For a furniture company, a bad showroom is easy to spot: scattered beachheads of desks, storage and partition walls, and chairs popping up like pickets offer as much design appeal as a warehouse. The design team behind Teknion’s new flagship showroom in Toronto had to avoid these common problems and create a clean, cohesive space that would let the products shine.
The solution was to go light, very light, in fact. Building on a Teknion signature, the foundation of the whole design is white: white walls, white room dividers and environmentally friendly white linoleum floors. “We like to say white is the new black,” says Frank Delfino, Teknion’s president of Canadian and international markets. “We wanted to use the space as a canvas for the furniture and a white canvas lets the furniture speak for itself.”
The new design comes courtesy of designer Michael Vanderbyl, of San Francisco-based Vanderbyl Design. No stranger to Teknion’s design ethos, Vanderbyl was the art director for the company’s book, Folio, and had worked on showrooms in San Francisco, Atlanta and Dallas. In order to avoid a whitewashed, sterile look in this new space, the designer reached back into his graphic design years and used layering to create visual interest without stealing attention from the furniture. Screens of stacked circles and ovals snake through the showroom, giving visitors a peek-a-boo experience and unifying what could be an arctic expanse. “I wanted to veil things, so you don’t see everything all at once; there’s a screen of sorts,” he explains. And their mid-century modern vibe generates a feeling of familiarity. “It’s an optimistic, bright white.”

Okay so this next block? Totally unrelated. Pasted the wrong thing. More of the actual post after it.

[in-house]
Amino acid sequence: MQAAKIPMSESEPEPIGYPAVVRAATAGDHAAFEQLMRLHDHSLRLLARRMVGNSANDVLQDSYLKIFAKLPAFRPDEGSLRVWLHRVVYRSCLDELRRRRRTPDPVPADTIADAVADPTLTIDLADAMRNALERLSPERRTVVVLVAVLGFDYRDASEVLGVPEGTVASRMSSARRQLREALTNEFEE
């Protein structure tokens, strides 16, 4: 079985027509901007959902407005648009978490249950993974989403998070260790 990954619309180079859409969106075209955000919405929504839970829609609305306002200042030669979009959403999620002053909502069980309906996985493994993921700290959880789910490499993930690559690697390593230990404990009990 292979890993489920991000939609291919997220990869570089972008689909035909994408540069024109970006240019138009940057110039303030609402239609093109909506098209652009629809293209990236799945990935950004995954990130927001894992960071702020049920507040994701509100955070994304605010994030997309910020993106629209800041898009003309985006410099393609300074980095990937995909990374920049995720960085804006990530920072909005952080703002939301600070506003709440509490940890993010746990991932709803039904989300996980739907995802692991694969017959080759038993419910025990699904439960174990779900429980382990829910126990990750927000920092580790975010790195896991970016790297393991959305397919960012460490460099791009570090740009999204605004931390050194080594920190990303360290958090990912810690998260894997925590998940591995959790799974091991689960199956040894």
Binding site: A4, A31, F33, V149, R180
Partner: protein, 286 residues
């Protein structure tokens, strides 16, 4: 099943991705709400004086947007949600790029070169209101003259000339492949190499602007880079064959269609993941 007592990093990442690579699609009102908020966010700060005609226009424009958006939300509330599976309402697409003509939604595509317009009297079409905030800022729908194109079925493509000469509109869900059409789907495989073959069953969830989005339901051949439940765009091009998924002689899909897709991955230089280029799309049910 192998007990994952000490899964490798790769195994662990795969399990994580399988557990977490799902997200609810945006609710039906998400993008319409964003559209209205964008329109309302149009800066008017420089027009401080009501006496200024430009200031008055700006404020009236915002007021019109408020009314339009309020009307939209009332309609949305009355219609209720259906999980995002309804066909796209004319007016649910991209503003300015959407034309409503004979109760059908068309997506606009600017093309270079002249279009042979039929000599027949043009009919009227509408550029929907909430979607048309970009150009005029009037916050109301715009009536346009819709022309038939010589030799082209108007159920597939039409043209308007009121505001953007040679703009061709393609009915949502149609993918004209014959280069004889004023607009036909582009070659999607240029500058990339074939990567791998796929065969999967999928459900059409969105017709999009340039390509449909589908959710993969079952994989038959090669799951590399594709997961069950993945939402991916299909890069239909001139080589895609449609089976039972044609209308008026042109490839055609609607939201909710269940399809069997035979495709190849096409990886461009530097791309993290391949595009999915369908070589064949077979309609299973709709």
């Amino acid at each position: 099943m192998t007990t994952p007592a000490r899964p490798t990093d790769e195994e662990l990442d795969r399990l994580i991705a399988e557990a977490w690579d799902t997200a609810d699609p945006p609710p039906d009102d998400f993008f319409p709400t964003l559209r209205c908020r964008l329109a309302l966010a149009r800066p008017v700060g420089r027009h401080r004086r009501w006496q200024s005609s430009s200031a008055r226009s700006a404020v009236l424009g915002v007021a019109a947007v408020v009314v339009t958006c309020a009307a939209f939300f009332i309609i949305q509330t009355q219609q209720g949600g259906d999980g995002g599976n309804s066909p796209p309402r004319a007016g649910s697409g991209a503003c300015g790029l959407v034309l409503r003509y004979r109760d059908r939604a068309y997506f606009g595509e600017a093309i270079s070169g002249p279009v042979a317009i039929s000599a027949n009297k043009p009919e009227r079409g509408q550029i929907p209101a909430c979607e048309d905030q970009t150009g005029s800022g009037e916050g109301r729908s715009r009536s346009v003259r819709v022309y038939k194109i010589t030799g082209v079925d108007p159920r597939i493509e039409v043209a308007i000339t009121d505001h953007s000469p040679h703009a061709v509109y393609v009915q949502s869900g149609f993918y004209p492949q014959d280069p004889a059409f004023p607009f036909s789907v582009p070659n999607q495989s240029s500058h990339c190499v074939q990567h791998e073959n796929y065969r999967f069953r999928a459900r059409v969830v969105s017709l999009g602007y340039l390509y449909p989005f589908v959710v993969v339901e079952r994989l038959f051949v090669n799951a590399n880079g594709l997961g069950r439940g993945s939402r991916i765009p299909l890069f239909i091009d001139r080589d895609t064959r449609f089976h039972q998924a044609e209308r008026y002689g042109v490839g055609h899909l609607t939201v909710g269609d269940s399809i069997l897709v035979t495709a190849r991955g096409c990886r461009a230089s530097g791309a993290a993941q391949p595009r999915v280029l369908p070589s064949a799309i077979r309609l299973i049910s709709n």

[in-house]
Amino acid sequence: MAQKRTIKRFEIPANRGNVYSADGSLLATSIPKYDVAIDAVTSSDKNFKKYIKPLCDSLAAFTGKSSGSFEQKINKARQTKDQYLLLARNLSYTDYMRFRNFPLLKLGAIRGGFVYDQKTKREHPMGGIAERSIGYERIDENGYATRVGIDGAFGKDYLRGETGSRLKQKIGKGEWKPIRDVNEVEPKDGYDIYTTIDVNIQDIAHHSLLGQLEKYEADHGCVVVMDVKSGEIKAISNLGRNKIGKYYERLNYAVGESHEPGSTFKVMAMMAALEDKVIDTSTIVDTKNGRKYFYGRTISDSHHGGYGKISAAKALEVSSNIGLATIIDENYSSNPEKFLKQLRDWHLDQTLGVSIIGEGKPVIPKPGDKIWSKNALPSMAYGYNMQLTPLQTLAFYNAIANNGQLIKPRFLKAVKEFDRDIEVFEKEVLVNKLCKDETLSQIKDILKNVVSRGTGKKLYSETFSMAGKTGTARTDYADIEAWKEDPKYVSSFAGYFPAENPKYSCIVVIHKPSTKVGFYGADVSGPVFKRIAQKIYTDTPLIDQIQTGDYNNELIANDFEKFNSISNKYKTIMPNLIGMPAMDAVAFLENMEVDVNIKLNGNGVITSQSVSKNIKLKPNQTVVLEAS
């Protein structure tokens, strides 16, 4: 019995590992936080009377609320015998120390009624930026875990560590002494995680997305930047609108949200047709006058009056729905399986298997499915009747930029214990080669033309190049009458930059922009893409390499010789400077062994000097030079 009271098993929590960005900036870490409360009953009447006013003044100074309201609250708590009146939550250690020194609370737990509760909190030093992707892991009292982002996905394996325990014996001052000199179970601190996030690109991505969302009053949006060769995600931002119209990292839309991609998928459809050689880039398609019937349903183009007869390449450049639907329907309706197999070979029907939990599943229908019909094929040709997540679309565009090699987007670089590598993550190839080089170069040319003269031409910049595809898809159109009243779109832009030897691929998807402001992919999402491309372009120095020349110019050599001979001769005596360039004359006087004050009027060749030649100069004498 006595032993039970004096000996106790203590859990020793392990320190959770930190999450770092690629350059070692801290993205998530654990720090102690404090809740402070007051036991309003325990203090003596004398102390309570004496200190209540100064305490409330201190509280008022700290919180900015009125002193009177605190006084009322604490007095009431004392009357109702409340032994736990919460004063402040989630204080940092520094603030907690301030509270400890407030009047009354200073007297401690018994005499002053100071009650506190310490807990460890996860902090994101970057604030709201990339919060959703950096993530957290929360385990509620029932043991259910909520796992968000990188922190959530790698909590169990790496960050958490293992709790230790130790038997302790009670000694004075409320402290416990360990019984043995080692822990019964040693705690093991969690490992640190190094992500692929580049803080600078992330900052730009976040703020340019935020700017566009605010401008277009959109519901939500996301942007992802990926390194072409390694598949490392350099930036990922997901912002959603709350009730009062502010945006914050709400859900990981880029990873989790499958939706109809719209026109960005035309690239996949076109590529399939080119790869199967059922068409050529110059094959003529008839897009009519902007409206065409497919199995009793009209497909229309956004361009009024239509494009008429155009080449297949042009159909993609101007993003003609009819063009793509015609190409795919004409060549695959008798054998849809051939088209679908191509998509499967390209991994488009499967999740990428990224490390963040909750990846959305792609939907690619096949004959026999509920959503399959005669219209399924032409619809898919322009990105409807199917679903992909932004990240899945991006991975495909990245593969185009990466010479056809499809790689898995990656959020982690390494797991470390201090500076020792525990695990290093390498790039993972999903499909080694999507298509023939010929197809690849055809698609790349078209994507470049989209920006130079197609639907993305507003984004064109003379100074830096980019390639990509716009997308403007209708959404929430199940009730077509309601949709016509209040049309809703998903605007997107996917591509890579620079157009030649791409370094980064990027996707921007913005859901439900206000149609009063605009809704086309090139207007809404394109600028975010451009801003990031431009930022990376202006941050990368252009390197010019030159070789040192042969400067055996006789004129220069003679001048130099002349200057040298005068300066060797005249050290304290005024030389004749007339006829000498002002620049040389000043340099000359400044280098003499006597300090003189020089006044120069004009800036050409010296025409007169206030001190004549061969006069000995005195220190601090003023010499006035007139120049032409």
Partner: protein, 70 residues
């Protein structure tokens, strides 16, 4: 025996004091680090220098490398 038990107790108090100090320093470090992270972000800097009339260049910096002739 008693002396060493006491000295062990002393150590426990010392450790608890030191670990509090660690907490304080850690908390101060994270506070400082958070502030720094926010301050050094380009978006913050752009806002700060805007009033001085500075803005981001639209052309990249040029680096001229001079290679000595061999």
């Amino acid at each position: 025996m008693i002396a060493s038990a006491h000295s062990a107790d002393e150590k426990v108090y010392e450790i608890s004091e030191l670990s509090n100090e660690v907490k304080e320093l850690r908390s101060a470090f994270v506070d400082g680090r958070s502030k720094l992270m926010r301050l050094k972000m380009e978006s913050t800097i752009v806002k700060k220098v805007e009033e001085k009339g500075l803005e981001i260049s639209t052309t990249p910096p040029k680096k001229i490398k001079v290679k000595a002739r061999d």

The showroom is divided into two parts. The larger space is home to Teknion’s interpretation of the modern office, which has evolved from the dreaded cube-farm into a more open and less isolating environment. Modules reflect this corporate trend towards a more residential feel with warm materials, wood finishes and frosted glass walls. A second, more intimate space showcases how collaborative workstations function in an open environment. “The building itself makes a strong statement with the undulating glass wall on the main floor, and we wanted to work with that,” Vanderbyl says. “And the reaction we’ve gotten has been very positive.”
There’s a bit of a mutual admiration society between the client and the designer, which could partially account for the project’s success. “He’s experienced in communicating, graphically and in terms of design, to the architecture and design community,” Delfino says of Vanderbyl, describing the redesign process as “painless.” And for his part, working with Delfino was a pleasure. “He’s a real design fan. He loves the a-and-d community, he loves good design and he really gets excited about it.” White it may be, but a white elephant, the showroom is not.
Photos by Richard Johnson